After going head-to-head on clock speeds and prices, rival chipmakers Advanced Micro Devices and Intel this week are kicking off dueling ad campaigns.
AMD on Monday unveiled its largest advertising effort to date, a new print and online campaign with the tag line, "AMD Me." Over the weekend, Intel launched new television ads that abandon its space alien characters for more down-to-earth folk, such as people using wireless networks, according to published reports.
The AMD campaign, the company?s first all-new ad effort in some time, is designed to boost the company's brand by building awareness of its technology, such as the future 64-bit Opteron and Athlon processors.
The campaigns come at a tough time for both chipmakers. AMD has been hit by slower processor unit sales during the second quarter, and just last week it pushed back the introduction of its next-generation desktop Athlon processor in favor of an improved version of its current Athlon XP chip.
Intel said that it would meet its earnings targets for the third quarter, but both companies face a holiday season that is uncertain at best, because of the slowly recovering economy and worries about war in the Middle East.
But given the conditions, some might argue that it's never been a better time to turn to advertising.
AMD will aim its campaign specifically at individuals, both consumers and corporate IT workers, who are well-versed in technology and considered experts by their peers, the company said in a statement.
"The 'AMD Me' campaign is an excellent expression of our commitment as a business to build deep relationships with customers and address the real-world needs of the global marketplace," Rob Herb, the company's chief sales and marketing officer, said in the statement.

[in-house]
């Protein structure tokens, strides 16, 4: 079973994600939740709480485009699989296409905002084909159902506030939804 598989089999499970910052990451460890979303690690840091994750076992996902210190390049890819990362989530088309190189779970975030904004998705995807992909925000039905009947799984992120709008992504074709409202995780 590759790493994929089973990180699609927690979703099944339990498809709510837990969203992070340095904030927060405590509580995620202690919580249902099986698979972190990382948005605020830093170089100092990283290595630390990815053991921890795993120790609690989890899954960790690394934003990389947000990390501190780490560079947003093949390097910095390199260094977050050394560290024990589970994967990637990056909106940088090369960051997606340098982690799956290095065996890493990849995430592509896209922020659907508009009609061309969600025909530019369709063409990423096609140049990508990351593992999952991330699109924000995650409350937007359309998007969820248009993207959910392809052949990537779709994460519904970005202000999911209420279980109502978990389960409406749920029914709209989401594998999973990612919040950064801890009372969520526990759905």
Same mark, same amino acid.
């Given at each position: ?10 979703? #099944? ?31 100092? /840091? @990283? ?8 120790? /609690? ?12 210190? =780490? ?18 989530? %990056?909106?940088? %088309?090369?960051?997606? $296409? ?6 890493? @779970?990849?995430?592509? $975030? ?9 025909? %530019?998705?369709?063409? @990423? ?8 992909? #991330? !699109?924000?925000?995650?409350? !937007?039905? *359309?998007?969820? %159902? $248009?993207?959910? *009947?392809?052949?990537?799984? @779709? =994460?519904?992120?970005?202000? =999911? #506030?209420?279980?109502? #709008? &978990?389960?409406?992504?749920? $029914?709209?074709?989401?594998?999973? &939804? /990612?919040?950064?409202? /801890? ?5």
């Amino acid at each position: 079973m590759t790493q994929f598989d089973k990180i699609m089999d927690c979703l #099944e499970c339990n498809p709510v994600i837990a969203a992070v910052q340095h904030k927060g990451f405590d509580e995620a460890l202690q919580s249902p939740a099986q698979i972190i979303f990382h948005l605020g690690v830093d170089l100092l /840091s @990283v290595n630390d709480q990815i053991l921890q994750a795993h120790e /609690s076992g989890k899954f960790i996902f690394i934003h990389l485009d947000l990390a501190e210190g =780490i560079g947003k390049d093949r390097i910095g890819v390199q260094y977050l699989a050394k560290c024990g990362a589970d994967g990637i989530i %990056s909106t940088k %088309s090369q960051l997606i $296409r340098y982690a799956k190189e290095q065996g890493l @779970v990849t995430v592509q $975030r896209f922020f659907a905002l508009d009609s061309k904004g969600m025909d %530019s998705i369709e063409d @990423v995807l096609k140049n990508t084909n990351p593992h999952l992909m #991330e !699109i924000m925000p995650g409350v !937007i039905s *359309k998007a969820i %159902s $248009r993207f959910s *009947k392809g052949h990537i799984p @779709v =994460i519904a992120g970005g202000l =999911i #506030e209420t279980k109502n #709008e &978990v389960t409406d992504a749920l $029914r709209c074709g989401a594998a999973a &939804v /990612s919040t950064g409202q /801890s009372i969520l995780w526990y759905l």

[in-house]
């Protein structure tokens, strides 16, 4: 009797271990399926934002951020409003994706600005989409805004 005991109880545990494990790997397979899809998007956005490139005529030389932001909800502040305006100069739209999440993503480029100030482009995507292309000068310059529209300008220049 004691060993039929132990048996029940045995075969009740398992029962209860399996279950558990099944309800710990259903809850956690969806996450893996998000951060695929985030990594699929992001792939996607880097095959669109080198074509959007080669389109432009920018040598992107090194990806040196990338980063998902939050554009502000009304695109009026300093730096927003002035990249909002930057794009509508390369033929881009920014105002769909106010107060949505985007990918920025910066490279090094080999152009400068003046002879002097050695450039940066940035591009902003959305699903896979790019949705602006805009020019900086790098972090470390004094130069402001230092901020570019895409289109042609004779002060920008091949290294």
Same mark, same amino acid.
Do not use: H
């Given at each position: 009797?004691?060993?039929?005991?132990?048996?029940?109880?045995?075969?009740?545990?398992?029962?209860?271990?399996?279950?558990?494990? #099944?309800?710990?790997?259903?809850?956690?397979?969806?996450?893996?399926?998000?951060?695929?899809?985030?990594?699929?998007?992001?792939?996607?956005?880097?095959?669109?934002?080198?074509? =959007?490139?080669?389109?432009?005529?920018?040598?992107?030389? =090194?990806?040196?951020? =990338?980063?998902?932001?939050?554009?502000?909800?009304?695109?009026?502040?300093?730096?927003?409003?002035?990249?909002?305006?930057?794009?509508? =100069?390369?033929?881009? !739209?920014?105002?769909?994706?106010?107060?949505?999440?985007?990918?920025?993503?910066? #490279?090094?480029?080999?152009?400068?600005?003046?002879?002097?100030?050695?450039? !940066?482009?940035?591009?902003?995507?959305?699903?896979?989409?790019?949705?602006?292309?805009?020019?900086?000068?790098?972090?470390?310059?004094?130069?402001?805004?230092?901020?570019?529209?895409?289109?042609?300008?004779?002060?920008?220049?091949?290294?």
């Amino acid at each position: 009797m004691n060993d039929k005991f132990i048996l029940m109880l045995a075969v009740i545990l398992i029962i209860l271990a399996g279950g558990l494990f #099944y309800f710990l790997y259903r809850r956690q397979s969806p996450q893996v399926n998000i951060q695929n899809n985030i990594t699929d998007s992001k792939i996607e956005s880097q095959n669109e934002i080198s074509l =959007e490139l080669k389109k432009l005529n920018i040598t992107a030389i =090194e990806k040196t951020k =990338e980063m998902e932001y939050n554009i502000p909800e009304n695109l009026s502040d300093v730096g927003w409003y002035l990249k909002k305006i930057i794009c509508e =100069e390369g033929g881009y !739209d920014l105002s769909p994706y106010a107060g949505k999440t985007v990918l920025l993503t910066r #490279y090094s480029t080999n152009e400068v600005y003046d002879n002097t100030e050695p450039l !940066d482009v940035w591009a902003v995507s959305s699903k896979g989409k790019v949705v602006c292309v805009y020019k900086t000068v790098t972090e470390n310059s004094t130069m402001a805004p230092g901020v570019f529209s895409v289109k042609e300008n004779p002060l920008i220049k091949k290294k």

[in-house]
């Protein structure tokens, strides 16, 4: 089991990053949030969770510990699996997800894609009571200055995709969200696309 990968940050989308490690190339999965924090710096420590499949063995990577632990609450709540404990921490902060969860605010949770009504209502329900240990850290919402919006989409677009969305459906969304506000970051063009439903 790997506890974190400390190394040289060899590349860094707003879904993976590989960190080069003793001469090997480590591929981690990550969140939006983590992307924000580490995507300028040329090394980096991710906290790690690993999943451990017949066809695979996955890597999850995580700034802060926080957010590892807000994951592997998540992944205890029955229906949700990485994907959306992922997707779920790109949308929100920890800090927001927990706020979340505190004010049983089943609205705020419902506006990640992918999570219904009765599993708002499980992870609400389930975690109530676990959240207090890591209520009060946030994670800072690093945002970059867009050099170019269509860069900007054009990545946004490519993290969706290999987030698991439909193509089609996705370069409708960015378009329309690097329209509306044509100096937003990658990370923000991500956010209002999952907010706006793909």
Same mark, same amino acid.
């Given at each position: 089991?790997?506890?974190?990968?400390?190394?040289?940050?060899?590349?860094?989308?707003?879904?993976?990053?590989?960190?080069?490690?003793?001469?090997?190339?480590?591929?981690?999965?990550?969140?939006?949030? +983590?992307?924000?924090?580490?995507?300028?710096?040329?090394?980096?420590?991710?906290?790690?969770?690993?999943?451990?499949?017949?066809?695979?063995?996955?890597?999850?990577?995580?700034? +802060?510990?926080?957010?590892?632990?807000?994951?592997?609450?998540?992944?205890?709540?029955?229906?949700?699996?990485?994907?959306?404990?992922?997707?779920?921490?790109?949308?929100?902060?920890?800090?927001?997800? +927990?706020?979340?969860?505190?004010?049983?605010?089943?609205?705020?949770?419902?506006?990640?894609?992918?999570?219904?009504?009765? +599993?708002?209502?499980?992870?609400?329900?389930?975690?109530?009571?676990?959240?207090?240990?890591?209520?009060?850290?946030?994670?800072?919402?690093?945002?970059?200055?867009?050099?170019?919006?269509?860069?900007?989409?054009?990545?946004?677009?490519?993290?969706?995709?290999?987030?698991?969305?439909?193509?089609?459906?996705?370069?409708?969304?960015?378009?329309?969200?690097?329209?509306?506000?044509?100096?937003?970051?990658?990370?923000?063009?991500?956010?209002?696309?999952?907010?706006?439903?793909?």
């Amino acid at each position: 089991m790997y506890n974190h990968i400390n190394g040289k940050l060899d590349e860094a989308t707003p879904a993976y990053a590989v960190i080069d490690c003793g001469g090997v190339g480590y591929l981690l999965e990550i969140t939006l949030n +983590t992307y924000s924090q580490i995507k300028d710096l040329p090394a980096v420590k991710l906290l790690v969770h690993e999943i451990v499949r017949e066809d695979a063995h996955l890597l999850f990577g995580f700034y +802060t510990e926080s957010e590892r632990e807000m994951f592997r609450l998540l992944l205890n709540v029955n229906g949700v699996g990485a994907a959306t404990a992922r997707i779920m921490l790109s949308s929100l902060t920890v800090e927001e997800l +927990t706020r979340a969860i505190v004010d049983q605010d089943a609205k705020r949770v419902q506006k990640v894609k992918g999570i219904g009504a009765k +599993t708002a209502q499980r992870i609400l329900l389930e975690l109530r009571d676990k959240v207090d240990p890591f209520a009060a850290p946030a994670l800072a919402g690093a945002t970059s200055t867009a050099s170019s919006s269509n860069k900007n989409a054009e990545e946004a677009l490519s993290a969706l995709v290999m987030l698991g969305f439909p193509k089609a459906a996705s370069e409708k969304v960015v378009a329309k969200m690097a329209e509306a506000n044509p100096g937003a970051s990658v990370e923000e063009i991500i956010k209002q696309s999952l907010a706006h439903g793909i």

The campaign will tout, among other things, AMD's approach to building 64-bit processors, which can increase computing performance by boosting a computer's memory capacity over that of a 32-bit chip like an Athlon or a Pentium. Companies such as IBM, Intel and Sun Microsystems offer dedicated 64-bit chips for their high-end server gear.
To get to 64 bits, AMD is adding extensions to the 32-bit x86 architecture, the basis for both AMD and Intel PC processors. Its new X86-64 chips--Opteron for servers and a new Athlon for desktops--will be able to run 64-bit software, but can also run older 32-bit applications at full speed, AMD says.
Intel's approach to 64-bit has been to create a new processor, Itanium, specifically for servers, and to develop new software and computer systems around it.
AMD expects the ads to create a grassroots movement of support for the company that will help boost revenue and increase demand for its 64-bit chips, the company said.
The new ads are running first in The Wall Street Journal and then Business Week. AMD says it will run the campaign worldwide through the end of 2003.